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48 Summary statistics Betadraws [,1] [,2] [,3] [,4] beta % % % % %

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49 Binary probit example Example from BSM:

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50 Mixtures of normals A general flexible model or a non-parametric method of density approximation? ind i is a augmented variable that points to which normal distribution is associated with observation i. ind is an indicator variable that classifies observations one of the length(pvec) components.

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51 Model hierarchy pvecind kk kk yiyi Model [pvec] [ind|pvec] [ k |ind] [ k |ind, k ] [Y| k, k ] Conditionals [pvec|ind,priors] [ind|pvec,{ k, k },y] [{ k, k }|ind,y,priors]

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52 Gibbs Sampler for Mixture of Normals Conditionals [pvec|ind,priors] [ind|pvec,{ k, k },y] φ( ) is the multivariate normal density

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53 Gibbs Sampler for Mixtures of Normals [{ k, k }|ind,y,priors] given ind (classification), this is just a MRM!

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54 Identification for Mixtures of Normals Likelihood for mixture of K normals can have up to K! modes of equal height! So-called “label” switching problem: I can permute the labels of each component without changing likelihood. Implies the Gibbs Sampler may not navigate all modes! Who cares? Joint density or any function of this is identified!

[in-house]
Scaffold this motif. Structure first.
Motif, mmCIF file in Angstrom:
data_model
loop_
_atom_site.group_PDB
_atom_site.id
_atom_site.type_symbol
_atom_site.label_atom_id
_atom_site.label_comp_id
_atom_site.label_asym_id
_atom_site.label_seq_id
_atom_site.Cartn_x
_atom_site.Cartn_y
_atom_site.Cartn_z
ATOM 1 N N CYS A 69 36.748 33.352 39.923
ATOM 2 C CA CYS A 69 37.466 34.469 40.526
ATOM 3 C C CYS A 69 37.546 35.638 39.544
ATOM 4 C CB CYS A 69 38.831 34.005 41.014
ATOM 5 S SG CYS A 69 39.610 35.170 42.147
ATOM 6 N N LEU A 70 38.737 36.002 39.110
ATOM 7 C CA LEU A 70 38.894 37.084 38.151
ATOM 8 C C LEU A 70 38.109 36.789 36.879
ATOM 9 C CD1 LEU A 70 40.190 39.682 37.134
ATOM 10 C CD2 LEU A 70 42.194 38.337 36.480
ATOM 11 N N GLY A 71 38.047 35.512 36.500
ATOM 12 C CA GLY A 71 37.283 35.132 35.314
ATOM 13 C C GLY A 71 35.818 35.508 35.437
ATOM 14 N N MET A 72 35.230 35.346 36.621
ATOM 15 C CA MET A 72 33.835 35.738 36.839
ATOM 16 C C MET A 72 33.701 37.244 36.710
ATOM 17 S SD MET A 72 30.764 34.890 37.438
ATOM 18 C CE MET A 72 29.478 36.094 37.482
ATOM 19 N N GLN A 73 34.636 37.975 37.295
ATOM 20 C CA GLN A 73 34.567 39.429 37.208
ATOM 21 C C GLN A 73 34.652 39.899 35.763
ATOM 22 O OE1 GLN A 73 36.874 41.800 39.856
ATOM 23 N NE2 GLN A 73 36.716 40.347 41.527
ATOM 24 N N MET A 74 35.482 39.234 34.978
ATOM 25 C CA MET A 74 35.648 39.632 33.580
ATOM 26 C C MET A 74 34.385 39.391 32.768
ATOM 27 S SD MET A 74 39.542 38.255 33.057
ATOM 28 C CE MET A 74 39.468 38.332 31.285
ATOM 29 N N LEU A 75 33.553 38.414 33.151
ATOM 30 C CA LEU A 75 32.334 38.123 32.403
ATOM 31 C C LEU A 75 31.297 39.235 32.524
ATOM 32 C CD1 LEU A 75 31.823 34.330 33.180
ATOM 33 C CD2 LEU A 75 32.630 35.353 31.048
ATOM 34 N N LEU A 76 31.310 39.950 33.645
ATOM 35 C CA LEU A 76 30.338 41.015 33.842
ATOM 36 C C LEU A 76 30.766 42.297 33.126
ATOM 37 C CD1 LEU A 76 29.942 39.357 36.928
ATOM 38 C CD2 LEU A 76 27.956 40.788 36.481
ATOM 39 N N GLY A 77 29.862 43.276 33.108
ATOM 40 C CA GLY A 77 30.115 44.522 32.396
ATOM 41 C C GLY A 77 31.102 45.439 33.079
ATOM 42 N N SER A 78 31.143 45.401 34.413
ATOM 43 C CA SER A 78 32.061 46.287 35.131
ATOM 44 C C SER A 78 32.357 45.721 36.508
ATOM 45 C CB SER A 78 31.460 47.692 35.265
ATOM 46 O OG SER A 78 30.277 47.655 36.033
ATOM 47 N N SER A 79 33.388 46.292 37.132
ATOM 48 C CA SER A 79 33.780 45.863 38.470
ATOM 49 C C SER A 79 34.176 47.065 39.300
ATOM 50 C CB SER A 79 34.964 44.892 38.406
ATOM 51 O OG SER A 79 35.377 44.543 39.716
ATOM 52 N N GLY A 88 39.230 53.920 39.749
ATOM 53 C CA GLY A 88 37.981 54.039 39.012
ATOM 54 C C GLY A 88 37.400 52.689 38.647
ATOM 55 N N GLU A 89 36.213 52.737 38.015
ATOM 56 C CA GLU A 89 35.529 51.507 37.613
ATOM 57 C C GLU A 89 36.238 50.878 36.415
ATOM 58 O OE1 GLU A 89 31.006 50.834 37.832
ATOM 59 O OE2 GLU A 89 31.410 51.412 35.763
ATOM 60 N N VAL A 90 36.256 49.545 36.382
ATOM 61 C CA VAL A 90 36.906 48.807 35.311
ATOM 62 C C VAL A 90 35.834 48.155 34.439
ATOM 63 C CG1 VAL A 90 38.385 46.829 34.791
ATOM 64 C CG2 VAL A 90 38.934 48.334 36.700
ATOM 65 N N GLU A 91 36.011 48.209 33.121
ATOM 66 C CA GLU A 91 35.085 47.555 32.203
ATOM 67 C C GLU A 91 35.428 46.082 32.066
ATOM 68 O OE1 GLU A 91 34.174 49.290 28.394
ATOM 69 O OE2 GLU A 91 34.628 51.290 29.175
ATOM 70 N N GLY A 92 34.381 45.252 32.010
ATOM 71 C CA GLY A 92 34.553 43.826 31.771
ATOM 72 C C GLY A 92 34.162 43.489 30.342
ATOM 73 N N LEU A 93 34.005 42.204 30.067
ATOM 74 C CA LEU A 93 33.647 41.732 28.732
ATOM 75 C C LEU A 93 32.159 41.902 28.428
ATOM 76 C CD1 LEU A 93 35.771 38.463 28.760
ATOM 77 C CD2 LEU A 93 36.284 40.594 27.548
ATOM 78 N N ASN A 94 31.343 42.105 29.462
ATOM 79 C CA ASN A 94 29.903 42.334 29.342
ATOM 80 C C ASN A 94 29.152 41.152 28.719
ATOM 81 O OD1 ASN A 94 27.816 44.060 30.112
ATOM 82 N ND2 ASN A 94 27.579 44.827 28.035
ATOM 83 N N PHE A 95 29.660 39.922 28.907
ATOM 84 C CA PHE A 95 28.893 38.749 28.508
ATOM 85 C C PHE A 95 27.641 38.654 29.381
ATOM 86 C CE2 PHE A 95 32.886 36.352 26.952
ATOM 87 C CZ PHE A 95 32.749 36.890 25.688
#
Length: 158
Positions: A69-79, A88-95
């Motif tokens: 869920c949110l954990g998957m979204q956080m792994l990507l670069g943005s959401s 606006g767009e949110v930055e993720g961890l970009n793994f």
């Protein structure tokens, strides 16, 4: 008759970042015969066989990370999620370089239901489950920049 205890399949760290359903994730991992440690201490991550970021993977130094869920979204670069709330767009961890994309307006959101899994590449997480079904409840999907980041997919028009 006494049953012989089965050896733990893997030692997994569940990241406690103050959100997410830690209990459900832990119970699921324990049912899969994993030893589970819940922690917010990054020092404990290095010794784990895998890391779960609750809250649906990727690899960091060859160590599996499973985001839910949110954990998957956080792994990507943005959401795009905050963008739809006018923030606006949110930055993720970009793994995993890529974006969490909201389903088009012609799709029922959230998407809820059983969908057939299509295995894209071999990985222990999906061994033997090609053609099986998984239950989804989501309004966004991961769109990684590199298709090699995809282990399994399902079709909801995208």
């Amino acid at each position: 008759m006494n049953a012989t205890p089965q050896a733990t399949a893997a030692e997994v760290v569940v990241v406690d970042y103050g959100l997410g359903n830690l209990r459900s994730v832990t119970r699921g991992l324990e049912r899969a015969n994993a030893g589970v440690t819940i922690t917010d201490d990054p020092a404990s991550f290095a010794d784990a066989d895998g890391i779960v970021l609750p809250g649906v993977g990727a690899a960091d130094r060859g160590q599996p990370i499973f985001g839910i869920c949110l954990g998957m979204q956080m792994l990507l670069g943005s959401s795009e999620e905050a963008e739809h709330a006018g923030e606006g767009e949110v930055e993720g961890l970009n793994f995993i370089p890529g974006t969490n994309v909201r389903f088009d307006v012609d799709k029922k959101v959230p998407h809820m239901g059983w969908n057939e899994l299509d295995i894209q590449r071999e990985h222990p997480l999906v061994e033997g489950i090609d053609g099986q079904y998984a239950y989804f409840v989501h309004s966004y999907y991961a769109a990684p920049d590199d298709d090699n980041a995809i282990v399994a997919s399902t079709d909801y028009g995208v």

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55 Label-Switching Example Consider a mixture of two univariate normals that are not very “separated” and with a relatively small amount of data. Density of y is unimodal with mode a 1.5 Label-switches

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56 Label-Switching Example Density of y is identified. Using Gibbs Sampler, we get R draws from posterior of joint density

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57 Identification for Mixtures of Normals We use unconstrained Gibbs Sampler (rnmixGibbs). Others advocate restrictions or post-processing of draws to identify components Pros: superior mixing focuses attention on identified quantities Cons: can’t make inferences about component parms must summarize posterior of joint density!

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58 Identification for Mixtures of Normals In practice, what is the implication of label- switching? we can’t use: but we can use

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59 Multivariate Mix of Norms Ex

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60 Multivariate Mix of Norms Ex

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61 Bivariate Distributions and Marginals